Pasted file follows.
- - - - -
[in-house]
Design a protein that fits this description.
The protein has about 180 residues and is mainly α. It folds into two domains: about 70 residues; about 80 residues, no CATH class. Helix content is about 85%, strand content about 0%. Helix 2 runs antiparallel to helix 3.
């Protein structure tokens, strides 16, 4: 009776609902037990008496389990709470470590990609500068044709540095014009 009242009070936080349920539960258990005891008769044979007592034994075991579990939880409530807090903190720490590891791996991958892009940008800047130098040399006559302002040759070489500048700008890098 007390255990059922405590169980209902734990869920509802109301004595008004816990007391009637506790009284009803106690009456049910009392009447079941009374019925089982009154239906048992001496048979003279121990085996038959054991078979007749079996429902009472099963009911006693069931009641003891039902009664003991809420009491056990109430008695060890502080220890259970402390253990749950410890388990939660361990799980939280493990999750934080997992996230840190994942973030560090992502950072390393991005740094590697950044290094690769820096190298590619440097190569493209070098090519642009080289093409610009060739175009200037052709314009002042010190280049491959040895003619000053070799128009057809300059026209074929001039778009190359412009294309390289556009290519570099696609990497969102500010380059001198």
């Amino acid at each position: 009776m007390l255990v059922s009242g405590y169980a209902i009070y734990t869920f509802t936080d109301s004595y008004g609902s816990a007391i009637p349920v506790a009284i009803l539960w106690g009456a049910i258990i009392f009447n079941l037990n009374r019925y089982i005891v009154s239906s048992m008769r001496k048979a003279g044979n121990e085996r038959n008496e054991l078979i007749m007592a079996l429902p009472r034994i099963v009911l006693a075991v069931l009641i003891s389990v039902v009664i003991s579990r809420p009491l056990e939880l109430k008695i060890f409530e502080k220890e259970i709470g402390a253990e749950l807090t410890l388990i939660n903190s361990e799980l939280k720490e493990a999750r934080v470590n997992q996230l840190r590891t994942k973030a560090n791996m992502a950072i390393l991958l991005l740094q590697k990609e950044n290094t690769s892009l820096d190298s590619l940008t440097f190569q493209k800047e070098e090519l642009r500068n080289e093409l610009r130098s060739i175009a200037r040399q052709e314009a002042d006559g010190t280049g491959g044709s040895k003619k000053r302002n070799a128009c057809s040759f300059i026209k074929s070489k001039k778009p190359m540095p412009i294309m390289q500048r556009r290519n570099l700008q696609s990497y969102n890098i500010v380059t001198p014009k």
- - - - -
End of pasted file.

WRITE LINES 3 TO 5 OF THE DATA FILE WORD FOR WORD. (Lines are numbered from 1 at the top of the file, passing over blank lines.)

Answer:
The protein has about 180 residues and is mainly α. It folds into two domains: about 70 residues; about 80 residues, no CATH class. Helix content is about 85%, strand content about 0%. Helix 2 runs antiparallel to helix 3.
């Protein structure tokens, strides 16, 4: 009776609902037990008496389990709470470590990609500068044709540095014009 009242009070936080349920539960258990005891008769044979007592034994075991579990939880409530807090903190720490590891791996991958892009940008800047130098040399006559302002040759070489500048700008890098 007390255990059922405590169980209902734990869920509802109301004595008004816990007391009637506790009284009803106690009456049910009392009447079941009374019925089982009154239906048992001496048979003279121990085996038959054991078979007749079996429902009472099963009911006693069931009641003891039902009664003991809420009491056990109430008695060890502080220890259970402390253990749950410890388990939660361990799980939280493990999750934080997992996230840190994942973030560090992502950072390393991005740094590697950044290094690769820096190298590619440097190569493209070098090519642009080289093409610009060739175009200037052709314009002042010190280049491959040895003619000053070799128009057809300059026209074929001039778009190359412009294309390289556009290519570099696609990497969102500010380059001198």
């Amino acid at each position: 009776m007390l255990v059922s009242g405590y169980a209902i009070y734990t869920f509802t936080d109301s004595y008004g609902s816990a007391i009637p349920v506790a009284i009803l539960w106690g009456a049910i258990i009392f009447n079941l037990n009374r019925y089982i005891v009154s239906s048992m008769r001496k048979a003279g044979n121990e085996r038959n008496e054991l078979i007749m007592a079996l429902p009472r034994i099963v009911l006693a075991v069931l009641i003891s389990v039902v009664i003991s579990r809420p009491l056990e939880l109430k008695i060890f409530e502080k220890e259970i709470g402390a253990e749950l807090t410890l388990i939660n903190s361990e799980l939280k720490e493990a999750r934080v470590n997992q996230l840190r590891t994942k973030a560090n791996m992502a950072i390393l991958l991005l740094q590697k990609e950044n290094t690769s892009l820096d190298s590619l940008t440097f190569q493209k800047e070098e090519l642009r500068n080289e093409l610009r130098s060739i175009a200037r040399q052709e314009a002042d006559g010190t280049g491959g044709s040895k003619k000053r302002n070799a128009c057809s040759f300059i026209k074929s070489k001039k778009p190359m540095p412009i294309m390289q500048r556009r290519n570099l700008q696609s990497y969102n890098i500010v380059t001198p014009k």